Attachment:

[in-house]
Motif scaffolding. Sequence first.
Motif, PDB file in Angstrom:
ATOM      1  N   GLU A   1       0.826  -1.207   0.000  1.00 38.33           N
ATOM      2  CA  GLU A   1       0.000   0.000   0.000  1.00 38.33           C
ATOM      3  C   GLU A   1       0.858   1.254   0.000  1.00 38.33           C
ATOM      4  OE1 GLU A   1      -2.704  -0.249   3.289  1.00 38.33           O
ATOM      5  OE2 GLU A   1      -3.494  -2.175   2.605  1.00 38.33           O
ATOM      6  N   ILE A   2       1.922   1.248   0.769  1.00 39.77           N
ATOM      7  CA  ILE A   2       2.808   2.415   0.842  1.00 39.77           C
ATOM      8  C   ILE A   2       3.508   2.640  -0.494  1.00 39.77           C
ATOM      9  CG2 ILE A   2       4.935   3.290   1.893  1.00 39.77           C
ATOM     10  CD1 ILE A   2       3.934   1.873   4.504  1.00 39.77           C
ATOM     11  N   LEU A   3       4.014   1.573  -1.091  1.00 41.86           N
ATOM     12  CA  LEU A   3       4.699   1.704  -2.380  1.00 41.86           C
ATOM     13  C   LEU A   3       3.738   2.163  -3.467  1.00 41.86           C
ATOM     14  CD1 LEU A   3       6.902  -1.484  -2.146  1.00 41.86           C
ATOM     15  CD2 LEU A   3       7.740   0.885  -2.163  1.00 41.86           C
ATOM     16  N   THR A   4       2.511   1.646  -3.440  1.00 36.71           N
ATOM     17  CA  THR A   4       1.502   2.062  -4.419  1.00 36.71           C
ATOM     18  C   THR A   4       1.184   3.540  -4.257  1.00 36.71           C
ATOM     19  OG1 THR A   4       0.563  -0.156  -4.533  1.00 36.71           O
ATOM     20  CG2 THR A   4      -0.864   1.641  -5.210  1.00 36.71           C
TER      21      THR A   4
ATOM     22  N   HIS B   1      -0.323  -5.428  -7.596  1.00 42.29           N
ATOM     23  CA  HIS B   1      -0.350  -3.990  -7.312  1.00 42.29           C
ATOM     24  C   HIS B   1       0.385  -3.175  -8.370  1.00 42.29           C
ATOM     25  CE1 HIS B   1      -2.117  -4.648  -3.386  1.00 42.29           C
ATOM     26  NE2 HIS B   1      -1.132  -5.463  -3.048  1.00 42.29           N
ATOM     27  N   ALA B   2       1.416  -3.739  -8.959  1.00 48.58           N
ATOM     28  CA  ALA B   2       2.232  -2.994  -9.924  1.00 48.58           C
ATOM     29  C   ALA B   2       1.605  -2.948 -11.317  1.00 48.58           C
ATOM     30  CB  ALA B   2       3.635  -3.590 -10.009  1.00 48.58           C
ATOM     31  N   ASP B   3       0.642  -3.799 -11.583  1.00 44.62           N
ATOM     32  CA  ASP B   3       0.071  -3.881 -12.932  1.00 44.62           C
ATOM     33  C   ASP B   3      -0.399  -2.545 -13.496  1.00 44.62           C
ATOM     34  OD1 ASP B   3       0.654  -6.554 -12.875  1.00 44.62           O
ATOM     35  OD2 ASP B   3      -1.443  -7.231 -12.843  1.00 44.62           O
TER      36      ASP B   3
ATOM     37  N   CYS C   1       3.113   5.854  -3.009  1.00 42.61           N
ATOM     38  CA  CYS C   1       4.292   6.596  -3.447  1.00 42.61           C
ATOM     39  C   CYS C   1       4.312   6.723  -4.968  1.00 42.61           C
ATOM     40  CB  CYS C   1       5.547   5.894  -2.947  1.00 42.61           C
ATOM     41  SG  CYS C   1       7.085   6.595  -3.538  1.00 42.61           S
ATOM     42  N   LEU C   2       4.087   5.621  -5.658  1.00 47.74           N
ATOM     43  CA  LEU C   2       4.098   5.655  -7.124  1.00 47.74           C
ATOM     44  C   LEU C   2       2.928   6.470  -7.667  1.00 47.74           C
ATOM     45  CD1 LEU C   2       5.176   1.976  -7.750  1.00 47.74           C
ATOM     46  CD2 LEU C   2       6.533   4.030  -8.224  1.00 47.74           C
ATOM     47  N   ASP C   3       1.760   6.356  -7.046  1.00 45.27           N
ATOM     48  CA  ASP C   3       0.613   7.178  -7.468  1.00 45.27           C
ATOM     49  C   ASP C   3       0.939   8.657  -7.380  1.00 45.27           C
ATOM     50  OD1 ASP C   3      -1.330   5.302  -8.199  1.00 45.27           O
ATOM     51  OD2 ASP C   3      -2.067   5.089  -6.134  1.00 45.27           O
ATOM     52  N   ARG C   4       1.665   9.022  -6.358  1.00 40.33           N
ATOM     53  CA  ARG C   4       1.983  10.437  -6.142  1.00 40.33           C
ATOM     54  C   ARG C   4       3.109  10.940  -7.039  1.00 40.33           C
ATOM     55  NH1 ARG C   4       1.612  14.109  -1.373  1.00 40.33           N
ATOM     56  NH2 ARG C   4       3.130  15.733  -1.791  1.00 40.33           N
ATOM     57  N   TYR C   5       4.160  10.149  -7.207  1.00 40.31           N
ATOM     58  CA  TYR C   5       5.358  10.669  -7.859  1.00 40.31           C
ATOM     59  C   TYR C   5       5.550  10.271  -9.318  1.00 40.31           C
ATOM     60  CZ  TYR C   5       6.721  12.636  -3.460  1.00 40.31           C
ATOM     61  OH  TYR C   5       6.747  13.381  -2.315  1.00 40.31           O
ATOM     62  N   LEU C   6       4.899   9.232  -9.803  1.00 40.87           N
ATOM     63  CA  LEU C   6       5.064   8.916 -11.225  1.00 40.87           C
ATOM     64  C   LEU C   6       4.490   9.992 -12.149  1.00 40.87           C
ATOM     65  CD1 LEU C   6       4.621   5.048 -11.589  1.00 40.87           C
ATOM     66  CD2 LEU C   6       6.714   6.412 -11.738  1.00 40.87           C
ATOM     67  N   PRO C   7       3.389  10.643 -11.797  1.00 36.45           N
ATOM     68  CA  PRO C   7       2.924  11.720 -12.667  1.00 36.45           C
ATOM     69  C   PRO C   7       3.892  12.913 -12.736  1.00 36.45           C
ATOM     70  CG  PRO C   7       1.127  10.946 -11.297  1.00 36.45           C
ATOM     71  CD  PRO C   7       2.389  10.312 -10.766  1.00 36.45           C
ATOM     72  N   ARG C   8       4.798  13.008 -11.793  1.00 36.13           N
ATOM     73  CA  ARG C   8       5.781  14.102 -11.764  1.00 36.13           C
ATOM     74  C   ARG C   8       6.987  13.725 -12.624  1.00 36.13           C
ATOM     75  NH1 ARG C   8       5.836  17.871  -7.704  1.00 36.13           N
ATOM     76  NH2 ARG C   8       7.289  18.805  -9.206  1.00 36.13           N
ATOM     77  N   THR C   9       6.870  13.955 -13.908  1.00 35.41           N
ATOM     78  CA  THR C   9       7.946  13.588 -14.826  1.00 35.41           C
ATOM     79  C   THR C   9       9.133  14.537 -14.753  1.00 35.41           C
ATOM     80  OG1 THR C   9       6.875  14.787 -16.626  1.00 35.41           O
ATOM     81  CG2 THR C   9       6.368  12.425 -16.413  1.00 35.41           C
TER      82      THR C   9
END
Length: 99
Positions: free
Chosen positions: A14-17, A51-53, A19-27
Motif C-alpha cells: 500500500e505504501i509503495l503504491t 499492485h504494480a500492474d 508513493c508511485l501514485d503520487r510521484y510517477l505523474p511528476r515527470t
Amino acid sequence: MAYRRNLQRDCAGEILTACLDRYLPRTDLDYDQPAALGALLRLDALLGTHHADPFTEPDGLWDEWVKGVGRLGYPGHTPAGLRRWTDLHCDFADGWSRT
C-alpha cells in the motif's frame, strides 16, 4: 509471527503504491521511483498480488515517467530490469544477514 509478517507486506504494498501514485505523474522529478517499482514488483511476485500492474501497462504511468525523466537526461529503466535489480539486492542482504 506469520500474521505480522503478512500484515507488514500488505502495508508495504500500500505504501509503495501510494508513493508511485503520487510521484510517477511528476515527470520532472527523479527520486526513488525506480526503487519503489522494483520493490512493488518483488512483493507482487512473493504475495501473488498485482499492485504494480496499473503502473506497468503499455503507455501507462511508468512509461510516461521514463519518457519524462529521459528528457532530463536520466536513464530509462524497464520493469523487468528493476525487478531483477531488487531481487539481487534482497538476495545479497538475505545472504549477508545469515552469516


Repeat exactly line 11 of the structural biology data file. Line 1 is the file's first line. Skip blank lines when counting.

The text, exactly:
ATOM      8  C   ILE A   2       3.508   2.640  -0.494  1.00 39.77           C